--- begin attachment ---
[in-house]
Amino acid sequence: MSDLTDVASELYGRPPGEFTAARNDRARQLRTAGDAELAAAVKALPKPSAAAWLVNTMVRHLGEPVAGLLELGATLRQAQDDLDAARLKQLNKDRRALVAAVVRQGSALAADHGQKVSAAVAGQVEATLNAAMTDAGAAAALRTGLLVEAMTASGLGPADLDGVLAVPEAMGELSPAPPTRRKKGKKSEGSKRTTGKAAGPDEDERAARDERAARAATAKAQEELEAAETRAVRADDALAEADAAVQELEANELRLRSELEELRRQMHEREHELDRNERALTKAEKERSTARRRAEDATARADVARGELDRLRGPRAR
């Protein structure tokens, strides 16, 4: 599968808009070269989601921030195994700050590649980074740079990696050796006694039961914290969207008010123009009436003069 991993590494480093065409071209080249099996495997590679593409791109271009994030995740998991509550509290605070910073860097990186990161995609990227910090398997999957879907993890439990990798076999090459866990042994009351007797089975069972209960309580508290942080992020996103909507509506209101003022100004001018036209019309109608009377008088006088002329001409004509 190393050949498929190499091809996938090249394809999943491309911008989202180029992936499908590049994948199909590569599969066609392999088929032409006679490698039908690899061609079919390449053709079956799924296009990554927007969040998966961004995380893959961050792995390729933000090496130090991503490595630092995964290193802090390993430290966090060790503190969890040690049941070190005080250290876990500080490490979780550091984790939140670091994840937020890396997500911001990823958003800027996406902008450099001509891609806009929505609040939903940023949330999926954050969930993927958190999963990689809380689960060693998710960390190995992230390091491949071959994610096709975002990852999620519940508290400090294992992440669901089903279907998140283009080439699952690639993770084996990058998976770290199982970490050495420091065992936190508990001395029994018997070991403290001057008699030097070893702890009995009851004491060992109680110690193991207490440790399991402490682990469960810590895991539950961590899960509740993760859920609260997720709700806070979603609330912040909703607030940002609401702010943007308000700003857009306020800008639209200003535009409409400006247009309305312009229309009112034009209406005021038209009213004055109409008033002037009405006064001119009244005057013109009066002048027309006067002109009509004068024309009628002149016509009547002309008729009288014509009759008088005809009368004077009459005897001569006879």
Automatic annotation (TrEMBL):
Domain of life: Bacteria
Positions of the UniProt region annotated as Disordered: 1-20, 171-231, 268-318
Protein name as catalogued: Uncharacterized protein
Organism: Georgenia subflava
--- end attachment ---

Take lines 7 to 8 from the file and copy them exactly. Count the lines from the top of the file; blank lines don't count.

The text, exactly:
Protein name as catalogued: Uncharacterized protein
Organism: Georgenia subflava